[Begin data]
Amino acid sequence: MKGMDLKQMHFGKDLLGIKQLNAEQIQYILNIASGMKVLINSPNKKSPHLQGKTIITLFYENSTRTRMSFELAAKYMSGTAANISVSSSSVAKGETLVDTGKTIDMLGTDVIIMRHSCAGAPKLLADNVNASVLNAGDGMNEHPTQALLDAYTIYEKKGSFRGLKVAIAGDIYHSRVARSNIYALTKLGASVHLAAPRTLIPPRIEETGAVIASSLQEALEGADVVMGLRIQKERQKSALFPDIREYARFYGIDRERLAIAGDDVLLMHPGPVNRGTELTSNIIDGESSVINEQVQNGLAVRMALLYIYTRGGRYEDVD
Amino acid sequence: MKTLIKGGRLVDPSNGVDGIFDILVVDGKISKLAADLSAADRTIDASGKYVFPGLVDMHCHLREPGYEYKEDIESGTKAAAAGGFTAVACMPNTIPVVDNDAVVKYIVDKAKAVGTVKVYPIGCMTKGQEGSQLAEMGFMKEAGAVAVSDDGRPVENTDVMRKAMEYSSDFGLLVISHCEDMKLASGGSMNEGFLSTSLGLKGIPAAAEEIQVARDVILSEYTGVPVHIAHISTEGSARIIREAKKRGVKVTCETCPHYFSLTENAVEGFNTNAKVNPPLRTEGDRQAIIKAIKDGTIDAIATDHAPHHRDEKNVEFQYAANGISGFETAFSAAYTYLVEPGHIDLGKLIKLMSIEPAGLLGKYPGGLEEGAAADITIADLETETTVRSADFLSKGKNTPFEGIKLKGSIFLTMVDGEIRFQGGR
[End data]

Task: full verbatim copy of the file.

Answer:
Amino acid sequence: MKGMDLKQMHFGKDLLGIKQLNAEQIQYILNIASGMKVLINSPNKKSPHLQGKTIITLFYENSTRTRMSFELAAKYMSGTAANISVSSSSVAKGETLVDTGKTIDMLGTDVIIMRHSCAGAPKLLADNVNASVLNAGDGMNEHPTQALLDAYTIYEKKGSFRGLKVAIAGDIYHSRVARSNIYALTKLGASVHLAAPRTLIPPRIEETGAVIASSLQEALEGADVVMGLRIQKERQKSALFPDIREYARFYGIDRERLAIAGDDVLLMHPGPVNRGTELTSNIIDGESSVINEQVQNGLAVRMALLYIYTRGGRYEDVD
Amino acid sequence: MKTLIKGGRLVDPSNGVDGIFDILVVDGKISKLAADLSAADRTIDASGKYVFPGLVDMHCHLREPGYEYKEDIESGTKAAAAGGFTAVACMPNTIPVVDNDAVVKYIVDKAKAVGTVKVYPIGCMTKGQEGSQLAEMGFMKEAGAVAVSDDGRPVENTDVMRKAMEYSSDFGLLVISHCEDMKLASGGSMNEGFLSTSLGLKGIPAAAEEIQVARDVILSEYTGVPVHIAHISTEGSARIIREAKKRGVKVTCETCPHYFSLTENAVEGFNTNAKVNPPLRTEGDRQAIIKAIKDGTIDAIATDHAPHHRDEKNVEFQYAANGISGFETAFSAAYTYLVEPGHIDLGKLIKLMSIEPAGLLGKYPGGLEEGAAADITIADLETETTVRSADFLSKGKNTPFEGIKLKGSIFLTMVDGEIRFQGGR